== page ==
It’s deja vu all over again. (with h/t to Yogi Berra)
See also here
by P. Gosselin, August 24, 2018 in NoTricksZone
As the Arctic summer ice melt approaches its peak, we can say with high certainty that this year’s ice melt will extend the trend of a rebounding Arctic ice mass by another year.
Arctic summer sea ice now growing 12 years
Our Japanese skeptic blogger and good friend Kirye reports using the data from the Danish Meteorological Institute (DMI) that peak summer Arctic sea ice volume upward growth trend has been extended yet another year – now 12 years.
Chart by Kirye. Data source: Danish Meteorology Institute (DMI).
by Tony Heller, August 20, 2018 in TheDeporableClimateScienceBolg
Arctic sea ice melt dropped to its lowest level since May 12 yesterday, and now the Arctic won’t be ice-free until July 20 of next year, 12:01 am.
by P. Gosselin, August 8, 2018 in NoTricksZone
Using data from the Danish Meteorological Institute (DMI), Japanese skeptic blogger Kirye just tweeted how Arctic sea ice volume has surged to the 3rd highest level in 16 years.
Data source. Danish Meteorological Institute. Chart source: Kirye.
by P. Homewood, Augustus 3, 2018 in NotaLotofPeopleKnowThat
According to DMI, average Arctic sea ice extent in July is at its highest level since 2005.
With temperatures at normal levels, there is little prospect of Peter Wadhams predictions coming true this year!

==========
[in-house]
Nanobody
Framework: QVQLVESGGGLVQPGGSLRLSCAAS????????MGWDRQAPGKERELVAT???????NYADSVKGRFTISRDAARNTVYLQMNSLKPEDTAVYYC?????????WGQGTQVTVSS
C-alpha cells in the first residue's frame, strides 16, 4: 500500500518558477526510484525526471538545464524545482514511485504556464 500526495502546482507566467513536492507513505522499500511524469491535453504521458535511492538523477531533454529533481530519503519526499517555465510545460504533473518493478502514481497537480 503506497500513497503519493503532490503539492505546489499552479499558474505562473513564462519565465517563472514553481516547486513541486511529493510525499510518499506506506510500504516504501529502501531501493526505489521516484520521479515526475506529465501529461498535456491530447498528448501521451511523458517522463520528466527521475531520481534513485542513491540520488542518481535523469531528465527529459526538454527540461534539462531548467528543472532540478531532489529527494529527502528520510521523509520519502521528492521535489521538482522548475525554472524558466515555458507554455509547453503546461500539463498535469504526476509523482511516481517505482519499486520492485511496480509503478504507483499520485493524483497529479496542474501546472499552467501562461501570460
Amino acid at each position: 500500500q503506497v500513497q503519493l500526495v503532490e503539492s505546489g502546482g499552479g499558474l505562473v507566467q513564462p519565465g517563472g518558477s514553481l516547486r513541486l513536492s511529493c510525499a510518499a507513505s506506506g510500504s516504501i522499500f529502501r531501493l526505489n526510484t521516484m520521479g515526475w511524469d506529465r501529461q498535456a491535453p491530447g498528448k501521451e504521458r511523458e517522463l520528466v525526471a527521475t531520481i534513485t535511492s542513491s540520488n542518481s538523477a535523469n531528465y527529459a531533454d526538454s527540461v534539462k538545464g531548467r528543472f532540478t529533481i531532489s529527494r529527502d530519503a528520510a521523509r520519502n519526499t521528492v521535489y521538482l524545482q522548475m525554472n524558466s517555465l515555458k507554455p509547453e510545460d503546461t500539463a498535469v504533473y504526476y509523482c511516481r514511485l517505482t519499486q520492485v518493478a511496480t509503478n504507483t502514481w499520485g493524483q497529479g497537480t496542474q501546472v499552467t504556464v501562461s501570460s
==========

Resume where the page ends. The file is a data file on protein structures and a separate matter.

by P. Gosselin, July 21, 2018 in NoTricksZone
Recently climate catastrophe non-believers have been pointing out that Arctic sea ice volume has been gaining over the past years and has not trended downward for some dozen years now.
And global warming alarmists have been very silent on the subject of climate change now that global surface temperatures have cooled and Arctic and Greenland snow and ice have rebounded.
Embarrassed, they don’t want to be reminded of all the absurd predictions they made 10 years ago, with some as recently as just five years ago.
by Tony Heller, July 12, 2018 in TheDeplorableClimateScienceBlog
Arctic sea ice volume melt rates have started to slow, with ice volume 4th highest since 2003.
Temperatures near the pole have been below normal almost every day this summer.
by Polar Bear Science, July 10, 2018
According to the Guardian (9 July 2018), there is a “global heat wave” going on right now.
In Siberia, the heat is supposedly “completely unprecedented” and will surely (we are told) impact Arctic sea ice — the habitat of the iconic polar bear. Yet a comparison of previous years shows little to no impact on sea ice: there is more ice present than there was in 2007.
by P. Gosselin, July 10, 2018 in NoTricksZone
Lately Arctic sea ice volume has been a topic which climate skeptics have been looking at quite closely.
According to Al Gore and a number of climate ambulance chasers, Arctic sea ice in late summer should have long disappeared by now, see here..
But then just a few years after, the Arctic sea ice area began to recover from its lows of 2007 and 2012. So immediately alarmists shouted that area was not really what mattered, but rather sea ice volume is what really counted. Okay, that made perfect sense. Mass is in fact what’s important, and not area, when worrying about polar ice disappearing …